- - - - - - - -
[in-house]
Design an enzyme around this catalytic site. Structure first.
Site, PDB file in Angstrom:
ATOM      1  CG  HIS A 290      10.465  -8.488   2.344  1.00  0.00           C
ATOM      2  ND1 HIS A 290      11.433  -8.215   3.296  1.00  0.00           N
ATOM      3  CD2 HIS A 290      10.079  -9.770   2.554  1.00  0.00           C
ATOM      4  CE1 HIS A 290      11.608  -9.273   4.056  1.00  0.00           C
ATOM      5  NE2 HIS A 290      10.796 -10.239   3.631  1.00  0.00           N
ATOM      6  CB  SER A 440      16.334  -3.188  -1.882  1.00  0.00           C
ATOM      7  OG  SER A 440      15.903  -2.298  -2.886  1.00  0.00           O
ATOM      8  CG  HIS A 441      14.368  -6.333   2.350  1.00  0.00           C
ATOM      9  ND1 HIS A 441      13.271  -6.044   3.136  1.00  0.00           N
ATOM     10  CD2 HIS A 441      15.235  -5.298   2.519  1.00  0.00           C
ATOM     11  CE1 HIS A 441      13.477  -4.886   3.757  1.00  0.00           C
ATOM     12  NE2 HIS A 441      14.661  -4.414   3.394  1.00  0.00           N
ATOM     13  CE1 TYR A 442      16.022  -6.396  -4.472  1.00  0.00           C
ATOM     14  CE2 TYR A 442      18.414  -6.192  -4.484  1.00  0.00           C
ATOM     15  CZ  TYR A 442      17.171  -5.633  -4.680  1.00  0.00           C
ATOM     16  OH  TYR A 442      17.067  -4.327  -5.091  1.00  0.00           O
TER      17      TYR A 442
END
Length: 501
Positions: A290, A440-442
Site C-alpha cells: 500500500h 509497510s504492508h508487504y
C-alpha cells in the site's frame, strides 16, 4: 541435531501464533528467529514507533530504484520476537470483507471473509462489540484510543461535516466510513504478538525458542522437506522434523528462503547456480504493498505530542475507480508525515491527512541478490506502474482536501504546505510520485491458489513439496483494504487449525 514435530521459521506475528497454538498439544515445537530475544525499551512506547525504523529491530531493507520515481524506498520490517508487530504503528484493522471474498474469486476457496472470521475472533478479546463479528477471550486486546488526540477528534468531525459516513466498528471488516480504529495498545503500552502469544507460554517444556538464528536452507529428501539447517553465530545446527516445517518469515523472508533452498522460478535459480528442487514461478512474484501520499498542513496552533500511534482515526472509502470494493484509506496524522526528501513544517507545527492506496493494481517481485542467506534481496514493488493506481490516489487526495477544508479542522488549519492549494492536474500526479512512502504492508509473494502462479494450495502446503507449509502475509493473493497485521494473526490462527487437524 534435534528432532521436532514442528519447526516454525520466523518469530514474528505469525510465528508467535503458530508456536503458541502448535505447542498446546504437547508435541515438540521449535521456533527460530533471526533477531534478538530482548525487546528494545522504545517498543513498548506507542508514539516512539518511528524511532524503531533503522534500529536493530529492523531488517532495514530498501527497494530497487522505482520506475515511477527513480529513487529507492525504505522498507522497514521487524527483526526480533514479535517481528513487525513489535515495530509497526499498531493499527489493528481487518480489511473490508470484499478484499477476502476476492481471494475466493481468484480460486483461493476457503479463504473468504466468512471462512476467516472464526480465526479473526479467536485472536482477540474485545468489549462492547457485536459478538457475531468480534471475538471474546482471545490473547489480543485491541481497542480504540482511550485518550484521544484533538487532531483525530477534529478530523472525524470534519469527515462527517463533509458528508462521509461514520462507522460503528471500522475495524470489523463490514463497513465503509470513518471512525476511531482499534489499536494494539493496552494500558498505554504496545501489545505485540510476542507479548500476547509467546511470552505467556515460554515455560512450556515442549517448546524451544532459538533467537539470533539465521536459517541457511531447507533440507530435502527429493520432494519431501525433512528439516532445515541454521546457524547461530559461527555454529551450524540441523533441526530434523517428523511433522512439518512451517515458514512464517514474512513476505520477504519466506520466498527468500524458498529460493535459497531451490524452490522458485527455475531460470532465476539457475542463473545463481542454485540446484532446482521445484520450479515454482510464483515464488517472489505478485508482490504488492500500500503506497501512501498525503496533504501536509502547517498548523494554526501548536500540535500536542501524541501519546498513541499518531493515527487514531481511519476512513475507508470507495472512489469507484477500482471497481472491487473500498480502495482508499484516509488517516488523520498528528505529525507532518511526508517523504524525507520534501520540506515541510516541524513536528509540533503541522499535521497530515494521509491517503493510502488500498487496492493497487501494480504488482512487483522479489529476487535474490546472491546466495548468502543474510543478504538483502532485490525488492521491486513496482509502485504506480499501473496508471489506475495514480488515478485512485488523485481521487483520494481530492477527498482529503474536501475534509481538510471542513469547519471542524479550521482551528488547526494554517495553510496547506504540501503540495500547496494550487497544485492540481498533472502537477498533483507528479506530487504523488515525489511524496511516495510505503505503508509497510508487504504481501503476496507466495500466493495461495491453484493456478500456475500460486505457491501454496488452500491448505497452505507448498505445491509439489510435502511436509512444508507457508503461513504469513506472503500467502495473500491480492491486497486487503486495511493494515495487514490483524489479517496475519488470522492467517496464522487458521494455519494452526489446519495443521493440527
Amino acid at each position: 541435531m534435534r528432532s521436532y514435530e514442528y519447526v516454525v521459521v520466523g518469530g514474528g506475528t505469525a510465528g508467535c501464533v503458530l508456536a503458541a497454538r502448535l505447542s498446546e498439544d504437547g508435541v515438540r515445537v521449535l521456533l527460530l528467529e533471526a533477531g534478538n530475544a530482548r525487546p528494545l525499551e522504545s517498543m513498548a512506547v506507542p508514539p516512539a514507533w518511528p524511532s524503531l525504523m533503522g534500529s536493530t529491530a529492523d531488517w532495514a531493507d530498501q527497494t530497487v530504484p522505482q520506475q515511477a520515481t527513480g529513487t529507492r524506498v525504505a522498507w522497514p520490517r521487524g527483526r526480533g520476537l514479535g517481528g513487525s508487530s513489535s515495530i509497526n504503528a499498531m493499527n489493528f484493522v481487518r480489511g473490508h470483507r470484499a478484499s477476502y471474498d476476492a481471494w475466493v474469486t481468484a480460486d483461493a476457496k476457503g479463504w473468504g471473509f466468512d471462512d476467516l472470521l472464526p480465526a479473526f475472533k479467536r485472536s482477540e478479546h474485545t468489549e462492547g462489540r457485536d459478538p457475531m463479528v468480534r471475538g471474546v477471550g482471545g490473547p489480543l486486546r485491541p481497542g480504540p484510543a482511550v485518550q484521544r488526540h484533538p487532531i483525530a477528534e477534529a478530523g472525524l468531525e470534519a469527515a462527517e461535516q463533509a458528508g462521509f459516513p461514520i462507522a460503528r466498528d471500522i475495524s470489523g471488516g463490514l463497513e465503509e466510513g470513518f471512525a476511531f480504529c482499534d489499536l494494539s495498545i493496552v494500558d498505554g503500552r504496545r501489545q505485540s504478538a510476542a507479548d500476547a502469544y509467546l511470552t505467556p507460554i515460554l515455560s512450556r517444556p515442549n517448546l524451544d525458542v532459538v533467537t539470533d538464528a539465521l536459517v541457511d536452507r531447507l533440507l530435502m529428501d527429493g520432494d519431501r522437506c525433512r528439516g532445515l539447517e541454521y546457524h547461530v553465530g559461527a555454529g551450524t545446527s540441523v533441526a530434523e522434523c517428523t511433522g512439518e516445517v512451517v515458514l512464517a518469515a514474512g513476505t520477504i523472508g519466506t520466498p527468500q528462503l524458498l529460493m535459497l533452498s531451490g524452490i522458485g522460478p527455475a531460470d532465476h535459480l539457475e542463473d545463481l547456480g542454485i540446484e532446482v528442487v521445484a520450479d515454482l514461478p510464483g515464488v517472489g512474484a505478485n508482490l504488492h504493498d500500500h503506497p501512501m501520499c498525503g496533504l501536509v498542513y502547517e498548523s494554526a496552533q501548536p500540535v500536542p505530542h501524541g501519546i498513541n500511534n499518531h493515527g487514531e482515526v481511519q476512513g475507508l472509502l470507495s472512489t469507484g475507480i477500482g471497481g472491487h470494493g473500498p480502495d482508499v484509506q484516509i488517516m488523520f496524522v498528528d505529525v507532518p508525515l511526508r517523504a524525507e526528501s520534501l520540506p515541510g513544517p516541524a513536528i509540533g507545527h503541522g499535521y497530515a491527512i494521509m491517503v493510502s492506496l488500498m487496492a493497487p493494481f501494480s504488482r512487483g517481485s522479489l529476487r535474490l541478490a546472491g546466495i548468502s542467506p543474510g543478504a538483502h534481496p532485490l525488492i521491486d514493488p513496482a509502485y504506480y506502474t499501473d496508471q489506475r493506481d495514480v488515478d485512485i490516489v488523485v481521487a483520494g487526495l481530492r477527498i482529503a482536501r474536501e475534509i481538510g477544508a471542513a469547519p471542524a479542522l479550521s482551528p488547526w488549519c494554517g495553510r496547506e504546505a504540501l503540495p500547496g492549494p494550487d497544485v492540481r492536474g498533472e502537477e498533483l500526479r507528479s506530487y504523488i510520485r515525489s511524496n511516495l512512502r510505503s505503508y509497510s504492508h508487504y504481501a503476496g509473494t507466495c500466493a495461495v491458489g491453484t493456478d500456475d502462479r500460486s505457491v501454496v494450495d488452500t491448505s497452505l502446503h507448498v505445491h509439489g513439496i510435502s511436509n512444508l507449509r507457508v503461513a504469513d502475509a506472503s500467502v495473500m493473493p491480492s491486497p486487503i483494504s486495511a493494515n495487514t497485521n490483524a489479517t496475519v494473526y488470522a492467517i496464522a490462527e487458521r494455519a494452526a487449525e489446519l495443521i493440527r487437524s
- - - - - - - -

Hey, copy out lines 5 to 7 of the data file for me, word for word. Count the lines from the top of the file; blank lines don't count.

ATOM      2  ND1 HIS A 290      11.433  -8.215   3.296  1.00  0.00           N
ATOM      3  CD2 HIS A 290      10.079  -9.770   2.554  1.00  0.00           C
ATOM      4  CE1 HIS A 290      11.608  -9.273   4.056  1.00  0.00           C